An abandoned supermarket in West Philadelphia saw new life last Friday with a ribbon cutting ceremony for what the city is calling a “food incubator.”
The $6 million Dorrance H. Hamilton Center for Culinary Enterprises (CCE) is designed to ride off constant demand for new cuisine by furnishing would-be chefs with the equipment and advice to move a restaurant concept from dream to reality. Although the ribbon has been cut, the CCE is not expected to be fully operational until the end of the month due to construction delays.
Developed by The Enterprise Center, a West Philly-based non-profit economic development agency, the 13,000-square-foot complex will provide aspirants with four fully equipped commercial-grade kitchen facilities and a multimedia center for education and marketing purposes. It will all be available 24/7 to accommodate everyone from late-night line cooks to early rising bakers, and annual membership to access the facilities will be $100 to reach as wide an audience as possible.
The CCE will also employ staff members to provide on-site training, business advice and financial assistance to help part-time members move out of the incubator and into their own businesses. It has attracted 50 registrants and 200 prospective members.
The CCE echoes the DIY entrepreneurial spirit that has underpinned similar projects, such as Indy Hall, a popular and profitable co-working space that helps start-ups secure shared office space for affordable rates. Other cities have experimented with food incubators, which have been notoriously difficult to sustain financially due to inconsistent revenue and high utility bills.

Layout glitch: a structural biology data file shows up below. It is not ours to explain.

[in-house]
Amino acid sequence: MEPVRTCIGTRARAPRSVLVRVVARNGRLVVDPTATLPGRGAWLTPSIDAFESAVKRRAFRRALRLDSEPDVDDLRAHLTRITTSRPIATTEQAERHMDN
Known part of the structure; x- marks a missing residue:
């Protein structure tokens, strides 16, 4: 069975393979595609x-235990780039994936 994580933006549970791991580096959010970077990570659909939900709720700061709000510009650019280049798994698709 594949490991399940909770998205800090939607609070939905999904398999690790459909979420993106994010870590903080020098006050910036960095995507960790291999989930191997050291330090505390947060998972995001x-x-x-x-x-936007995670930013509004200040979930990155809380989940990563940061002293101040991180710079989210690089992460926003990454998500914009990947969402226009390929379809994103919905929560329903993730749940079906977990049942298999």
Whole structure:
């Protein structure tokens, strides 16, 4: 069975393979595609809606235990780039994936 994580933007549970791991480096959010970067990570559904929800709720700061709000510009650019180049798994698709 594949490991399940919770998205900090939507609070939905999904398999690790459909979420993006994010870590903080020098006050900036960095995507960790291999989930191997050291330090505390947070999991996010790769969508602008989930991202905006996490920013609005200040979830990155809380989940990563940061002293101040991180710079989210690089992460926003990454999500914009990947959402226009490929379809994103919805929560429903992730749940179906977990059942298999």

Designed to avoid such pitfalls, the CCE is the product of a study of over a dozen other incubators in peer cities, like Washington D.C. The Enterprise Center wants to position the CCE as the center of a larger business supply network and has already contracted with the University of Pennsylvania to produce $600,000 worth of baked goods annually for their dining halls.
In addition to a donation from Campbell’s Soup heiress Dorrance H. Hamilton — from whom the center draws its name — the project was financed in part by a constellation of agencies including Philadelphia LISC and the federal Economic Development Administration. These groups envisioned the project as an institution that could spin-off restaurants across the city, but also serving a secondary function as an economic development engine for the immediate neighborhood’s ailing commercial center at 48th and Spruce streets.
To that end, the CCE will include three retail spaces that front on 48th Street to increase foot traffic and commercial activity in the area. Tenants will include a South Asian concept from the owners of Desi Village, an Indian restaurant and an Ethiopian coffee house.
“It’s about investment…this is one of the greatest outpourings that we’ve seen in West Philadelphia for economic vitality, putting people to work, and making more and more progress,” said Mayor Michael Nutter.
The CCE’s own projections aim to launch 10 new food businesses each year, consistently spinning off between 126 and 207 jobs annually by its third year of operation.
Ryan Briggs is an investigative reporter based in Philadelphia. He has contributed to the Philadelphia Inquirer, WHYY, the Philadelphia City Paper, Philadelphia Magazine and Hidden City.